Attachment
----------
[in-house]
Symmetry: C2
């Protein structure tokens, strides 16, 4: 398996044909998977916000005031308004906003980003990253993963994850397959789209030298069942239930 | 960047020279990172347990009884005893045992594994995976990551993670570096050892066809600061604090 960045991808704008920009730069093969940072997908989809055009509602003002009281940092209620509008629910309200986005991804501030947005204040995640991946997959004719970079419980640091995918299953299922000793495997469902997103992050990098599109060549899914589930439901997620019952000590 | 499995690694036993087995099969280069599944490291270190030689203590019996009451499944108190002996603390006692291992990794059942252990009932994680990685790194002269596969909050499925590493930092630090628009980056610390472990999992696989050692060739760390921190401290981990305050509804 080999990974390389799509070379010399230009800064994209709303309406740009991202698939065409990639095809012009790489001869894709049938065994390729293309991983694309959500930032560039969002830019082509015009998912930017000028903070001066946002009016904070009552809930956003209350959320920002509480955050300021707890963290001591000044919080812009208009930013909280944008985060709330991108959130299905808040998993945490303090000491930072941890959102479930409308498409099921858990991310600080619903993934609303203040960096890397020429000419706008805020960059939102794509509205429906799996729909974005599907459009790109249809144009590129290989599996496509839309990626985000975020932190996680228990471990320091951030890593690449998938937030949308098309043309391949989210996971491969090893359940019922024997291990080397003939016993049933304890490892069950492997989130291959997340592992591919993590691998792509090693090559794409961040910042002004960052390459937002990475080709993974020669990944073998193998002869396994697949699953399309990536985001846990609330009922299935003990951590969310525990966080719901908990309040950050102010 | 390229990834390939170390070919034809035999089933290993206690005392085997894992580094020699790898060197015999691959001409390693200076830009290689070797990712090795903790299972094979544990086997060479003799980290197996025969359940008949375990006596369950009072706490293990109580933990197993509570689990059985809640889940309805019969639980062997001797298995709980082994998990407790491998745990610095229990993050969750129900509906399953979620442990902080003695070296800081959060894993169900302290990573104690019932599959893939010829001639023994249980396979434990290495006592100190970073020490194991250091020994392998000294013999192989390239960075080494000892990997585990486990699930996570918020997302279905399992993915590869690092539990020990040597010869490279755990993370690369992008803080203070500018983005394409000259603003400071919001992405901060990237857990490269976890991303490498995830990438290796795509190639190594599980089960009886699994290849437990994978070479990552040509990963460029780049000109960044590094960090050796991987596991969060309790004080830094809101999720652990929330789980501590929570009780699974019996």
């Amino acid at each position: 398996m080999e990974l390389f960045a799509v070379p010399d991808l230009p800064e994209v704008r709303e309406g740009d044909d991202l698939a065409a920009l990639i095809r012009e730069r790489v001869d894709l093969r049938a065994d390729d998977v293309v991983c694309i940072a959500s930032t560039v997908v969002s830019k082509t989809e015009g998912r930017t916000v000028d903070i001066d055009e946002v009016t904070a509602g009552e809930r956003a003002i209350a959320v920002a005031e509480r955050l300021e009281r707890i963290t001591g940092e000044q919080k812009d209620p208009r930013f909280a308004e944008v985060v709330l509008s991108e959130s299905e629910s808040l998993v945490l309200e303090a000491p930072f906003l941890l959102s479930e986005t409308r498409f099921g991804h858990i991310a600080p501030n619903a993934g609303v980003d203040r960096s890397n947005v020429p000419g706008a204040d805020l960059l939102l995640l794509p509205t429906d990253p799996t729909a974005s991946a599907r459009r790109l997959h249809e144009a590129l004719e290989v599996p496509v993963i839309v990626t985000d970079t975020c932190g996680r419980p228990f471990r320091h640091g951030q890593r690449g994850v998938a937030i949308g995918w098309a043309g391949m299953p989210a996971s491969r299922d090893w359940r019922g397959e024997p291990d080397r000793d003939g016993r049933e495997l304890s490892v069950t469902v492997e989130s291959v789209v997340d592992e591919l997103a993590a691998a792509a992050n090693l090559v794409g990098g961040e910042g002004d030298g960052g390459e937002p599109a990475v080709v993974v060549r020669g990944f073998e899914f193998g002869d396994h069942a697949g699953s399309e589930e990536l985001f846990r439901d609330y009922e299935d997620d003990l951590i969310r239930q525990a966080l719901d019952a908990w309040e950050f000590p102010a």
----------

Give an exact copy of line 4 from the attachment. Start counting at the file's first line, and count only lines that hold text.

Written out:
């Amino acid at each position: 398996m080999e990974l390389f960045a799509v070379p010399d991808l230009p800064e994209v704008r709303e309406g740009d044909d991202l698939a065409a920009l990639i095809r012009e730069r790489v001869d894709l093969r049938a065994d390729d998977v293309v991983c694309i940072a959500s930032t560039v997908v969002s830019k082509t989809e015009g998912r930017t916000v000028d903070i001066d055009e946002v009016t904070a509602g009552e809930r956003a003002i209350a959320v920002a005031e509480r955050l300021e009281r707890i963290t001591g940092e000044q919080k812009d209620p208009r930013f909280a308004e944008v985060v709330l509008s991108e959130s299905e629910s808040l998993v945490l309200e303090a000491p930072f906003l941890l959102s479930e986005t409308r498409f099921g991804h858990i991310a600080p501030n619903a993934g609303v980003d203040r960096s890397n947005v020429p000419g706008a204040d805020l960059l939102l995640l794509p509205t429906d990253p799996t729909a974005s991946a599907r459009r790109l997959h249809e144009a590129l004719e290989v599996p496509v993963i839309v990626t985000d970079t975020c932190g996680r419980p228990f471990r320091h640091g951030q890593r690449g994850v998938a937030i949308g995918w098309a043309g391949m299953p989210a996971s491969r299922d090893w359940r019922g397959e024997p291990d080397r000793d003939g016993r049933e495997l304890s490892v069950t469902v492997e989130s291959v789209v997340d592992e591919l997103a993590a691998a792509a992050n090693l090559v794409g990098g961040e910042g002004d030298g960052g390459e937002p599109a990475v080709v993974v060549r020669g990944f073998e899914f193998g002869d396994h069942a697949g699953s399309e589930e990536l985001f846990r439901d609330y009922e299935d997620d003990l951590i969310r239930q525990a966080l719901d019952a908990w309040e950050f000590p102010a």